Produced from the beautiful vineyards of the West Island's fertile south-facing slopes, the grapes are grown in the fresh air of the East Sea and benefit from an atmosphere of freedom from Japanese repression. Gently nourished by the pure-watered Dokgang stream with its source near the summit of the East Sea's largest mountain, Doksan, the unique Korean grapes are already world famous but this is the first time they have been fermented to produce another product, demonstrating the long-held belief that Dokdo water can ultimately be turned into wine. This in turn may finally prove that Jesus of Namyangju, who was killed in the Middle East while working for the Korean Tourism Organization's first-century 'Eternal Seoul' campaign, may be living on Dokdo post-resurrection, as has long been suspected.
The wine itself is said to have a slightly salty taste, with a fruity hint of guano, and is expected to sweep the world as people reject inferior wines while also promoting the provable fact that Dokdo is Korean NOT Japanese. "If Dokdo were Japanese territory, there would be a Japanese Dokdo wine, but there isn't." said 46 year-old Kim Jae-hyun, the owner of Dokdo Vineyards.
The wine's name, 799-805, was carefully chosen to pique people's curiosity about the meaning of the numbers, which will ultimately convince them of Dokdo's Korean ownership, recently proven beyond doubt through the use of Rock DNA techniques. Originally it was to have been called Chateau Dokdo, but there were fears that this might wrongly bolster French claims to the islands. France calls Dokdo the Liancourt Rocks and bizarrely says it discovered the islands even though they are Korean.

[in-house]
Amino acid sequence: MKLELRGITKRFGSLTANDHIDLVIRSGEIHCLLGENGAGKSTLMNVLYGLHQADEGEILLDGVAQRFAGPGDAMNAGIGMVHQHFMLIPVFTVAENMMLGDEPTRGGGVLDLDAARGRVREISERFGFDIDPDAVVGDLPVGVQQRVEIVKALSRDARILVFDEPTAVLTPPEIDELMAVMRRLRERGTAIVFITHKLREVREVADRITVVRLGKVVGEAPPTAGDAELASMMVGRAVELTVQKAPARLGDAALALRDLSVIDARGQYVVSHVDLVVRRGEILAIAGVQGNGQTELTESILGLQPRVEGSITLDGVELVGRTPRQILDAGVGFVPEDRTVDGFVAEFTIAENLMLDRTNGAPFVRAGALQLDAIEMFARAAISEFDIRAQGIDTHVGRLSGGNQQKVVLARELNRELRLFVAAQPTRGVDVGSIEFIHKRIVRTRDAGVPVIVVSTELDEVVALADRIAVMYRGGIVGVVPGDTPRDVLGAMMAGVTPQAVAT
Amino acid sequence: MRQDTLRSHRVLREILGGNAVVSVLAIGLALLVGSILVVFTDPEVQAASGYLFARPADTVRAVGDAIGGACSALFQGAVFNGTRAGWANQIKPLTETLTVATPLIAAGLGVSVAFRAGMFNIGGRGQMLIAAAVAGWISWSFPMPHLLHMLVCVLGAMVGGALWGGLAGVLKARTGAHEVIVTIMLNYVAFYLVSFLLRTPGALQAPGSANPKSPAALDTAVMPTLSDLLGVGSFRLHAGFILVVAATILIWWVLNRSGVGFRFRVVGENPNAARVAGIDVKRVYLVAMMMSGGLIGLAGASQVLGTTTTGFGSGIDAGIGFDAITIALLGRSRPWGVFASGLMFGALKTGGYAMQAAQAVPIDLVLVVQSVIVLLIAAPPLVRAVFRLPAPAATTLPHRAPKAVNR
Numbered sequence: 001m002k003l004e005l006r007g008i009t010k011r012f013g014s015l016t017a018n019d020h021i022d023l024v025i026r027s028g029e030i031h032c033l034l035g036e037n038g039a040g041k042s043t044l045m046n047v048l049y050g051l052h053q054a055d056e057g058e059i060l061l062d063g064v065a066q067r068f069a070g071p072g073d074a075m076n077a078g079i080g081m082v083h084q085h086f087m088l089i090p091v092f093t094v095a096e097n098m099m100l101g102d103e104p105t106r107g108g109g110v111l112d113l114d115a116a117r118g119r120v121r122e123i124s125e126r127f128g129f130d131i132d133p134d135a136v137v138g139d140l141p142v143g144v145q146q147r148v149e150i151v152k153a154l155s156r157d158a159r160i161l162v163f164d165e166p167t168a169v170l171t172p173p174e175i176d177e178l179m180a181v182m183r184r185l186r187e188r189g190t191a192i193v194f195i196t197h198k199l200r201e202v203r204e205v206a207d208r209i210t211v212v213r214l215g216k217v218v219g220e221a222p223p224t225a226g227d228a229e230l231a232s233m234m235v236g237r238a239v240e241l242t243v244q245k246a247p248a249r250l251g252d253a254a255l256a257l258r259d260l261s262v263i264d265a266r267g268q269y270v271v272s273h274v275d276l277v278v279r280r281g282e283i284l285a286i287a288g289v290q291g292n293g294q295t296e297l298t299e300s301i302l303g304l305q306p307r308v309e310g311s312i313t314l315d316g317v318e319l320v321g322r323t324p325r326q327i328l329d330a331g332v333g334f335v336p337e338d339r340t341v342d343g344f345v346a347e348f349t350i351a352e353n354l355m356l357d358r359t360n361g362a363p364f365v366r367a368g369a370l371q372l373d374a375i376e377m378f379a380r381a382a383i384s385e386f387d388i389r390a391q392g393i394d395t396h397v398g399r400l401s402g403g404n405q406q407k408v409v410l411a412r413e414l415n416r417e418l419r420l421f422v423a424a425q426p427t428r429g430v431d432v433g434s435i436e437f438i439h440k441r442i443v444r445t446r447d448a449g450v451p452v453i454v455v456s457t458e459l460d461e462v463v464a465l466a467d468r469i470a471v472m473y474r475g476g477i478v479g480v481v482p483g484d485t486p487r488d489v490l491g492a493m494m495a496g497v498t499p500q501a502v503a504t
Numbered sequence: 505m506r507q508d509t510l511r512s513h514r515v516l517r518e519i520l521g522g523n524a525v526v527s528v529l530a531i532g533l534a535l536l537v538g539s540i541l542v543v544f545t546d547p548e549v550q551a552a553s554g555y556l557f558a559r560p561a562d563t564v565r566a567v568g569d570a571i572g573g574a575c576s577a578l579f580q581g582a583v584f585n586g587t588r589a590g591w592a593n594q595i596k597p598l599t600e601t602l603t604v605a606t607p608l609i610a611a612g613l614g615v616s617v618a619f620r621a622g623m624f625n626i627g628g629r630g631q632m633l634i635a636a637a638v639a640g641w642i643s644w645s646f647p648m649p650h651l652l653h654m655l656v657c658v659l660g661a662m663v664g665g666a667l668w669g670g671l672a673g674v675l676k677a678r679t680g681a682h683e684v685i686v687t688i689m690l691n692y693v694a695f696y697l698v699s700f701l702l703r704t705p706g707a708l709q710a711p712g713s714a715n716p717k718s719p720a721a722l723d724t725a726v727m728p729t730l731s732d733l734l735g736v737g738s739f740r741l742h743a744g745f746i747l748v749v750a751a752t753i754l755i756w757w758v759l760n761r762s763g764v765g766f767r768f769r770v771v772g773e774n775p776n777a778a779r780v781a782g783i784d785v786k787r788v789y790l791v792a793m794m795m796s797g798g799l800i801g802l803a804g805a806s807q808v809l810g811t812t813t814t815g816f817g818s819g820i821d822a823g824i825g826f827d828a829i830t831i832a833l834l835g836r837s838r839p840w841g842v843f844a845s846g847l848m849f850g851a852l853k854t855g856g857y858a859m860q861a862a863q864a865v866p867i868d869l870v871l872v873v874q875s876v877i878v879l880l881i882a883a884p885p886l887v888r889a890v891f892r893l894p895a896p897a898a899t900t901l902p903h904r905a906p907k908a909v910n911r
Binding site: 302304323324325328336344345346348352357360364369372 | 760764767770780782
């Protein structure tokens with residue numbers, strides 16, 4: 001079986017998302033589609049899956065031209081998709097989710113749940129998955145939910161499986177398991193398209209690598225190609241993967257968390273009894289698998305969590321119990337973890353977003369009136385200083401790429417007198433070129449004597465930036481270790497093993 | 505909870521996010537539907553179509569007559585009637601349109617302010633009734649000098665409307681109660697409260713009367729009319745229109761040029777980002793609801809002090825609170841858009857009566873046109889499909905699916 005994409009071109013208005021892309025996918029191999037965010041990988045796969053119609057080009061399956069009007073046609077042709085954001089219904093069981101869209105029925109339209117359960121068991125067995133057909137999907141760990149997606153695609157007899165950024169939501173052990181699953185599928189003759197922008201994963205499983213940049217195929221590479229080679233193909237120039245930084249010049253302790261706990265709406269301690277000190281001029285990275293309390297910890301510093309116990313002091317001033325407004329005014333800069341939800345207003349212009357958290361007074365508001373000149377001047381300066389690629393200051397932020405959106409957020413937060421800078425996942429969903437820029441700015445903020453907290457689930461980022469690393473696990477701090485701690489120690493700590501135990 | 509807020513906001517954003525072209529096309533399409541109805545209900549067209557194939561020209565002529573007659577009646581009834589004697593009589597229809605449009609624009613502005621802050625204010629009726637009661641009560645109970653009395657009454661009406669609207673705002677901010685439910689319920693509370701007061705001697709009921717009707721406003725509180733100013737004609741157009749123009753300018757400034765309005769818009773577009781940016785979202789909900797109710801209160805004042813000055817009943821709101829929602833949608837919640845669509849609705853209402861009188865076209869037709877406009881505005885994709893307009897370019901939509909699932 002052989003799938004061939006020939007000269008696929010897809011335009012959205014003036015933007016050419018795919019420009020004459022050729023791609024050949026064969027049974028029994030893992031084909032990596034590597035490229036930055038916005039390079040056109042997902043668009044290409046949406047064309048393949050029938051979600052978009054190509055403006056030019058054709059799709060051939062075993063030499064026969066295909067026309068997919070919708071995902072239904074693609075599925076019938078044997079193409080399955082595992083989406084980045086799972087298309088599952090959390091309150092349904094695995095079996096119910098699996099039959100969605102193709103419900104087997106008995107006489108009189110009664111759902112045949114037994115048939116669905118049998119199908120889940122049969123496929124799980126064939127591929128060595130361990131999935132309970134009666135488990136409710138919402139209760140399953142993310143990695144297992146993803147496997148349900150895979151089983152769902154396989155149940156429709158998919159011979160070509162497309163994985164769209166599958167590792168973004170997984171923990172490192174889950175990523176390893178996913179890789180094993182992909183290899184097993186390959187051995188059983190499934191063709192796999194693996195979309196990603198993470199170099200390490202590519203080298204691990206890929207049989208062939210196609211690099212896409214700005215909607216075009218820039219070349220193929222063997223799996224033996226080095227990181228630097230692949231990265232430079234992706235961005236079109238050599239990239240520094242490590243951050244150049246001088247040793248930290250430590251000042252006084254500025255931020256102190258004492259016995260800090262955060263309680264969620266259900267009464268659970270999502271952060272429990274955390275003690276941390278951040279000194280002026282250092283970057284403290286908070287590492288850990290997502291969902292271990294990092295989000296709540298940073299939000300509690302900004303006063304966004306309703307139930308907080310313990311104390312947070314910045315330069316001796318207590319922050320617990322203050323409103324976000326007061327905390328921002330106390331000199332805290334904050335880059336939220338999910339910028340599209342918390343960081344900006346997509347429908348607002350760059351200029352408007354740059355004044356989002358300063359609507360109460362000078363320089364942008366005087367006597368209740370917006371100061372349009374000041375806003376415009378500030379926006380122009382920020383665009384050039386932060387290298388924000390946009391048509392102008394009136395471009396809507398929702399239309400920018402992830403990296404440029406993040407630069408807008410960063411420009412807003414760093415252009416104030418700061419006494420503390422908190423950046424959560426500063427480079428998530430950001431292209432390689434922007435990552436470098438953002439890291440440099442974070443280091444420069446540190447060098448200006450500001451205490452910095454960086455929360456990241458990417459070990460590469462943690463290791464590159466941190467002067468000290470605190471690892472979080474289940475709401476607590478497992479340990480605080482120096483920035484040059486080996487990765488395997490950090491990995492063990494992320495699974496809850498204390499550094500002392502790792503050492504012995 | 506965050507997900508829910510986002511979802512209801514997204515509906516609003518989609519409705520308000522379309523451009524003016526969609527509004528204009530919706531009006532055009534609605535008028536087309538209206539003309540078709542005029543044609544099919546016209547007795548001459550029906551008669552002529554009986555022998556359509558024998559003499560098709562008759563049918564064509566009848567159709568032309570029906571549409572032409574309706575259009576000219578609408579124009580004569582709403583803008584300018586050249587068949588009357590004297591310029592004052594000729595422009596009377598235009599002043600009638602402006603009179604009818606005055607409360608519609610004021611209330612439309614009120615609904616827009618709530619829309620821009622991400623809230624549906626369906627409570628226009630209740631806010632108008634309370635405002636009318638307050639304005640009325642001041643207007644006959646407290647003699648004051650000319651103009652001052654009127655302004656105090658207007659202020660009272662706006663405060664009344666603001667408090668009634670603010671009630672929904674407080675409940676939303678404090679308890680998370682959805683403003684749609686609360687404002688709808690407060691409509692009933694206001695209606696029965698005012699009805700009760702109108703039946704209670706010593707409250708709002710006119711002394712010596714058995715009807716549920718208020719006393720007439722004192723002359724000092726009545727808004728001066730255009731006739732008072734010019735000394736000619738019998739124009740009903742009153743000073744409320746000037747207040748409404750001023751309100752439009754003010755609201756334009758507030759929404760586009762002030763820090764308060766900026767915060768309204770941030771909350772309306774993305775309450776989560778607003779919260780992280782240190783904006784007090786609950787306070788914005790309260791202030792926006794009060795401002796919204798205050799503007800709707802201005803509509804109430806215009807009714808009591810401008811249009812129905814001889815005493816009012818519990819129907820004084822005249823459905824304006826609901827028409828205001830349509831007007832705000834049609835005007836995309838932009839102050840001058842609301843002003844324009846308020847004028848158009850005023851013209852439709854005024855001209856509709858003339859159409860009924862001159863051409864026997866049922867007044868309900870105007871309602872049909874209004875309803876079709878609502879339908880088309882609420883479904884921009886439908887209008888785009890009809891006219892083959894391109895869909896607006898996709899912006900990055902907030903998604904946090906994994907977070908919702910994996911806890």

The decision to include Dokdo's less prestigious postal codes of 801-805 in the name was controversial, but Kim said it was important that the wine be seen as a product of the whole of Dokdo, even if its association with poorer areas lessens its prestige and prevents it being truly recognized as a 'well-being' product. In order to overcome these doubts in the eyes of Korean consumers, the wine will be sold as a luxury product for between 200,000 won ($176) and 300,000 won ($264). If it's successful, prices may eventually rise to between $799 and $805 per bottle, making the purchase of bottles an investment opportunity for the particularly strong-willed.
The first 50 cases of Dokdo wine will be delivered in a wooden presentation box made from Dokdo's two trees, which were cut down in March last year during the construction of Dokdo's International Airport. "Cutting down the trees was an incredible sacrifice" explains Dokdo's 64 year-old Mayor Kim, "but it is fitting that after guaranteeing Dokdo's status as an island for many years, they should continue fighting for Dokdo around the world." On opening the wine boxes owners will be greeted with the unique smell of Dokdo air as well as a map which clearly shows Dokdo, its Japanese-exclusion zone, the East Sea, and the large area of no-man's land between Korea and China.
But there are fears that the wine will sell out before it is able to prove itself to foreign palettes and convince those who are unaware of the issue that Dokdo belongs to Korea NOT Japan. 20,000 bottles have been produced so far with 5,000 being sold within Korean-American communities in the U.S. and 10,000 being exported to mainland Korea, which only leaves distributors with 25% to sell to ignorant foreigners.
Profits are expected to be donated to non-profit organizations that work to advertise Korea's territorial claim to Dokdo overseas, such as Dokdo Vineyards.
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